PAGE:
What is one step for building an unbiased benefit strategy?
To help HR teams build an unbiased benefit strategy, we asked HR professionals and business owners this question for their best insights. From allowing customization to talking with employees, there are several considerations that may help you build an unbiased benefit strategy that best supports all employees.
Here are 7 steps to building an unbiased benefit strategy:
- Allow for Customization
- Look for Benefits that Benefit Everyone
- Test Out Benefits to See What Works and What Doesn’t
- Invest in a Benefits Consultant
- Offer Paternity Leave
- Gear Benefits Packages Toward Employees’ Unique Needs
- Talk to Your Employees
Allow for Customization
One tip for building an unbiased benefit strategy is to allow for customization. Employees have different needs, and it is nearly impossible to create a package that benefits all team members equally when the bundle is uniform. Inevitably, one group may have advantages over others if there is one plan and no choice. Instead of mandating one-size-fits-all benefits, build a more flexible package that allows employees to select perks and services that most closely align with their needs.
Michael Alexis, TeamBuilding
Look for Benefits that Benefit Everyone
If you really want your benefit strategy to be unbiased, you need to create benefit packages that are truly of benefit to everyone. To do this, you have to really get to know your team. What areas of town do they live in? What are their interests? How many have families? Look for benefits that can be used by anyone, and that will be of interest to everyone. Otherwise, your “benefits” won’t be that beneficial, after all.
Lindsay McCormick, Bite
Test Out Benefits to See What Works and What Doesn’t
Before doubling down and deciding upon a list of perks to include in your employee benefits program, it pays to actually test out which ones are truly unbiased and which ones aren’t. Pair this with an anonymous feedback form so that employees can assess which benefits they truly find valuable and which ones just don’t cut it. This will help shed light on the most fitting employee benefits that cater to all individuals, regardless of their background.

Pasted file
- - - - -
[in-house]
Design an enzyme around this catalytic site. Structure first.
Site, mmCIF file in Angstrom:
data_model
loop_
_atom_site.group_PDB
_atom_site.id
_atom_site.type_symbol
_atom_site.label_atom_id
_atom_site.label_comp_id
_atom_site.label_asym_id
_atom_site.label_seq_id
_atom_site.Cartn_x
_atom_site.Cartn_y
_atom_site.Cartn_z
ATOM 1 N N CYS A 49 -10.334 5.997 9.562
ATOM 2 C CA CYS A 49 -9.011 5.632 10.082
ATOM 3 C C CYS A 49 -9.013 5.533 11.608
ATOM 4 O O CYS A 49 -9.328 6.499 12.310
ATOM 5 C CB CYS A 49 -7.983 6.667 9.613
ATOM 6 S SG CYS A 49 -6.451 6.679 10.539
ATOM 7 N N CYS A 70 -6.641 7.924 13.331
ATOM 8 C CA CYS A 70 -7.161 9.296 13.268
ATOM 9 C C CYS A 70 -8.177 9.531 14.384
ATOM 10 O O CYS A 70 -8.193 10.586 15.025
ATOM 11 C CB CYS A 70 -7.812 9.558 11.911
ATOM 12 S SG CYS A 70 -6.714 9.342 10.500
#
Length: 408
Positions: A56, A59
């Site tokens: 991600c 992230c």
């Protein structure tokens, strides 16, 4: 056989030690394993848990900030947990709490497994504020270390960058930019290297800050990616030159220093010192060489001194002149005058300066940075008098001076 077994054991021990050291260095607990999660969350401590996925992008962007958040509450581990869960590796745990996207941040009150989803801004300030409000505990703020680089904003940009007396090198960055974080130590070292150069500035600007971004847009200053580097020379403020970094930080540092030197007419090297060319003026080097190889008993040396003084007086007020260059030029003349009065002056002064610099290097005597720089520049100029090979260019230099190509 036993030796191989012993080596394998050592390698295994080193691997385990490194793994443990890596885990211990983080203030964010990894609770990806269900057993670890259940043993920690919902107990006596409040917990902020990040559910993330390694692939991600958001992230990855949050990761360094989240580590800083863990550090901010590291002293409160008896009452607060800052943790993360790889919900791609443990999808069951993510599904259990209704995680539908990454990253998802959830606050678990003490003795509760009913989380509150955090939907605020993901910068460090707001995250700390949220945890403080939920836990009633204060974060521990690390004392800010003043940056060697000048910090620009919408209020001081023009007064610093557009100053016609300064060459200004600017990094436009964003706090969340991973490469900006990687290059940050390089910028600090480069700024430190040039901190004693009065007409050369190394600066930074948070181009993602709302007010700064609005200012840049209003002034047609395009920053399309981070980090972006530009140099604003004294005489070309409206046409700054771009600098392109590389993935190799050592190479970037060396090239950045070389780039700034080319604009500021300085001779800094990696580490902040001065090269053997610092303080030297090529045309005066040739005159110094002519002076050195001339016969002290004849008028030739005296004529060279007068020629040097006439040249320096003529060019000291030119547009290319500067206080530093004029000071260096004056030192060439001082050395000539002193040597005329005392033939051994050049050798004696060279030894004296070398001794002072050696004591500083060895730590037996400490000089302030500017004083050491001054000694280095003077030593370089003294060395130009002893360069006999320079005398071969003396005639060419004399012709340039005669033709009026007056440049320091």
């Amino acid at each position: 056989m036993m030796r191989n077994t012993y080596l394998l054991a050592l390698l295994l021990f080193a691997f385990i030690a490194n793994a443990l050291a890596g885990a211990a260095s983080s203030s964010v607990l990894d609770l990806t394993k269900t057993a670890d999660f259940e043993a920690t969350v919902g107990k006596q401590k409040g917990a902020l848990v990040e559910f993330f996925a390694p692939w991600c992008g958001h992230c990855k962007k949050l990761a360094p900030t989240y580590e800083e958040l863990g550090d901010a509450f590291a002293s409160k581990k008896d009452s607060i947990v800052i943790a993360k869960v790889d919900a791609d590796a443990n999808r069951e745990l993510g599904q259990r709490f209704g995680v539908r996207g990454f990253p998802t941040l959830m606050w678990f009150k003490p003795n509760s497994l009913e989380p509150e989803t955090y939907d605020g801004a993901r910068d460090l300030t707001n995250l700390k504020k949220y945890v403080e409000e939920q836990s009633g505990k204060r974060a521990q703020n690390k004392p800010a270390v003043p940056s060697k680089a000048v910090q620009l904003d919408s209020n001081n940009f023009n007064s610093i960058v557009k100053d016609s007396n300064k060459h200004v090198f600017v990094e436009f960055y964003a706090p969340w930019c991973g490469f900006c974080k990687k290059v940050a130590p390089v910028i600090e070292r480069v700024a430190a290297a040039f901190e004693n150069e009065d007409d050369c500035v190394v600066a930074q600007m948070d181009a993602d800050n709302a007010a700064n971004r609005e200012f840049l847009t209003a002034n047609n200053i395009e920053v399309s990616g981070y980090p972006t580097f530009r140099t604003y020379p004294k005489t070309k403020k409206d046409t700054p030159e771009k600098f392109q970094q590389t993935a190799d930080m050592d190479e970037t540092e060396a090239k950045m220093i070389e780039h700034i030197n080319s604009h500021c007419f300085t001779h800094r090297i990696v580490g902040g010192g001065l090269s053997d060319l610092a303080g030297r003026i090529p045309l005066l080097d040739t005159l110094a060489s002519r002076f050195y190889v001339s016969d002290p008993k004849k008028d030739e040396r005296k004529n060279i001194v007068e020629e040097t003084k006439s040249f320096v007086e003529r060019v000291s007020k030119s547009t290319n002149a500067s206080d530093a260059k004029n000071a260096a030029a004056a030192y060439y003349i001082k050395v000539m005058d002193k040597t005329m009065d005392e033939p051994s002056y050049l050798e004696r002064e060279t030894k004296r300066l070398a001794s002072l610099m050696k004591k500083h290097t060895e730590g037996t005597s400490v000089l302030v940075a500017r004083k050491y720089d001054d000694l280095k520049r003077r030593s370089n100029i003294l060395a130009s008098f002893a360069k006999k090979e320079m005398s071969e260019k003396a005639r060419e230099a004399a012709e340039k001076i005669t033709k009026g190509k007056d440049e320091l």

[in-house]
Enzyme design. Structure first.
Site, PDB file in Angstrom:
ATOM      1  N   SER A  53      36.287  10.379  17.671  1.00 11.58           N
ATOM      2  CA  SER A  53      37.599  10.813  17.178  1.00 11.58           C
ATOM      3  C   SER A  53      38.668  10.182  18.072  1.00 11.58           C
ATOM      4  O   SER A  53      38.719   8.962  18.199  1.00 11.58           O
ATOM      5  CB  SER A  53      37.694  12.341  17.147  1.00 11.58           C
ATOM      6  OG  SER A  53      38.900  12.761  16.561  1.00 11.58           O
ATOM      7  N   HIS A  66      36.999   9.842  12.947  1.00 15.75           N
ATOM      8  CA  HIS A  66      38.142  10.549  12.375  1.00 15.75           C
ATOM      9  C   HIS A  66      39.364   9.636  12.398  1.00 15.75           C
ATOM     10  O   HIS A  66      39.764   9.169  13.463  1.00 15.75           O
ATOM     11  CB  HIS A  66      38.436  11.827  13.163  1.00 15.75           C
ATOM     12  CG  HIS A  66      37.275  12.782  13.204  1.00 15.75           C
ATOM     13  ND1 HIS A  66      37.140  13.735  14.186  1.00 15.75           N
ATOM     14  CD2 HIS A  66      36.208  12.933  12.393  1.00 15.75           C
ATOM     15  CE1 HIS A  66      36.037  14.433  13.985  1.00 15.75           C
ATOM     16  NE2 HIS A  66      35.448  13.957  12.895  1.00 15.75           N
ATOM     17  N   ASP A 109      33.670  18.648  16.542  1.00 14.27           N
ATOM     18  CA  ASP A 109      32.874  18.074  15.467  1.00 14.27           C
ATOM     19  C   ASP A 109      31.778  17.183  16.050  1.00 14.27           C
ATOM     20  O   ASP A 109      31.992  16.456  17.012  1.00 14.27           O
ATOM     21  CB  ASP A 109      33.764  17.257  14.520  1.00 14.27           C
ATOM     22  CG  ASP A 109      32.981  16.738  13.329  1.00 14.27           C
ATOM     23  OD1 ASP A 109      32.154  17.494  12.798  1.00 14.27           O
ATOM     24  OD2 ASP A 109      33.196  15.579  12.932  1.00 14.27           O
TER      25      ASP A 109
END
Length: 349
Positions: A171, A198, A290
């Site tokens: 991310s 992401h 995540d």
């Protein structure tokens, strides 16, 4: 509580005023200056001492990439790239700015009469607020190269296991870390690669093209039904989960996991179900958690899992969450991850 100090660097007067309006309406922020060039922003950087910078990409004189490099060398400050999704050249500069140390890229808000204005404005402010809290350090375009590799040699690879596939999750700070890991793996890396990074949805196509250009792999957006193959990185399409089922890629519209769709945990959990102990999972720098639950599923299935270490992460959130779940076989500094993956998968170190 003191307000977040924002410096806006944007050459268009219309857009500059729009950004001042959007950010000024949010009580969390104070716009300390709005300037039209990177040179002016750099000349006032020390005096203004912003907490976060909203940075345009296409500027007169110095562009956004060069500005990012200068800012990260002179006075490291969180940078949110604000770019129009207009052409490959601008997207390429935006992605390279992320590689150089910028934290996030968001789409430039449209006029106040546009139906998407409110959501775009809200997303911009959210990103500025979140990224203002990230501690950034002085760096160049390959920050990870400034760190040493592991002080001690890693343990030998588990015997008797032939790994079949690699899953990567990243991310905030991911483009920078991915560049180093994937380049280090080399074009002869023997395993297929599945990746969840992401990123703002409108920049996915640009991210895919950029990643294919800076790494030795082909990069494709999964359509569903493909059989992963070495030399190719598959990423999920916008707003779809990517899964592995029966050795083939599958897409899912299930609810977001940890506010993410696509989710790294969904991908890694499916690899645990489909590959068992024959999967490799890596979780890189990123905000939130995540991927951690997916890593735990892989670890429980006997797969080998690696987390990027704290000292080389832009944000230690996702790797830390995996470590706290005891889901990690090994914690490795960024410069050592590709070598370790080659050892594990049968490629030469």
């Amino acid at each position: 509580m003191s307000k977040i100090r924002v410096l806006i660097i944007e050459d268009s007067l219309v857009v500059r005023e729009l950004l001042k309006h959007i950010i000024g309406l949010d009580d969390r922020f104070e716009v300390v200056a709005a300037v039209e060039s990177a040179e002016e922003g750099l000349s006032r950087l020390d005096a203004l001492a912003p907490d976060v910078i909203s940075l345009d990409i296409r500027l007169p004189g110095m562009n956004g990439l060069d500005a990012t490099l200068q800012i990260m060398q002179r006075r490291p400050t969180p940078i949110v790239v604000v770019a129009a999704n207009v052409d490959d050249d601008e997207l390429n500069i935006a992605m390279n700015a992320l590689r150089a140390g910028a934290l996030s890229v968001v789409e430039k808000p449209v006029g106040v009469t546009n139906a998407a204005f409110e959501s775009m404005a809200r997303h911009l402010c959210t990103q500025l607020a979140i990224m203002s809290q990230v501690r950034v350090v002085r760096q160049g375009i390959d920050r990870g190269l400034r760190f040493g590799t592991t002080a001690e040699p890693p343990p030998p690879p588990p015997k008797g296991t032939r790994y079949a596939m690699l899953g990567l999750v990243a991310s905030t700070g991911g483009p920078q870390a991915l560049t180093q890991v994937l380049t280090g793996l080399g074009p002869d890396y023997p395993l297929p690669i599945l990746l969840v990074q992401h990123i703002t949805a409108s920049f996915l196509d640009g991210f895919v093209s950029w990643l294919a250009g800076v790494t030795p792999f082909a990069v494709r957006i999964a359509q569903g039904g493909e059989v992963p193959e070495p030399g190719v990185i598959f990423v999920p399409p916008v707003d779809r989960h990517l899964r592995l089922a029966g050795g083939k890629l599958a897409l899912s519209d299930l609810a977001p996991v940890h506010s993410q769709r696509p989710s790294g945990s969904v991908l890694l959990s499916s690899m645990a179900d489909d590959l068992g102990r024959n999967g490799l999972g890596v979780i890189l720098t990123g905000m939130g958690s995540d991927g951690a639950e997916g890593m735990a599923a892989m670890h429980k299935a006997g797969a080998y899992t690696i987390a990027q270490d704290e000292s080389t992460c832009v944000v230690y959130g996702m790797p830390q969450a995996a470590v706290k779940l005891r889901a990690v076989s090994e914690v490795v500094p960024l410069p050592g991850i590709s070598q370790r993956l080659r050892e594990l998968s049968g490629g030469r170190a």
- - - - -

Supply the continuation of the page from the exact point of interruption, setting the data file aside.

Demi Yilmaz, Colonist.io
Invest in a Benefits Consultant
One step for building an unbiased benefit strategy is to consult with a benefits consultant. A benefits consultant can help you assess your company’s needs and design a benefit plan that meets those needs while also complying with government regulations. They will also help you stay up-to-date on changes to the law that could impact your benefit plan.
Claire Westbrook, LSAT Prep Hero
Offer Paternity Leave
Offer paternity leave. While more employers are offering paternity leave benefits, it remains nothing more than an abstract discussion for many. Mothers are not the only ones who should be able to stay home and bond with a newborn baby. The first weeks of infancy are a precious time that parents can never get back, and more modern employers are offering both maternity and paternity leave as part of their program policy for that reason.
Rachel Blank, Allara
Gear Benefits Packages Toward Employees’ Unique Needs
For many businesses, teams now consist of members ranging from hard-working baby boomers to tech-savvy Gen Zers. So, when it comes to employee perks, it’s essential to recognize that team members are at varying stages in life and may want and appreciate different things. Boomers prioritize health insurance and a solid retirement plan. Gen Xers focus on salary level and a 401K plan. And Millennials and Zoomers are more interested in working from where they want, gym memberships, and unlimited PTO.
Embracing generational diversity into our benefits package engages and motivates employees and makes them feel valued. And it’s this kind of job satisfaction that benefits our employees’ financial wellbeing and helps us retain and attract top talent.
Jason Sherman, TapRm
Talk to Your Employees
Discuss with your employees what types of benefits they are seeking. While in a way this bears a bias, it is a bias that is for the sake of your employees. Doing so allows your employees to participate in selecting opportunities that meet their needs, generates loyalty, and allows for all company members to have an equal voice in benefits plans and inclusivity.
Tony Chan, CloudForecast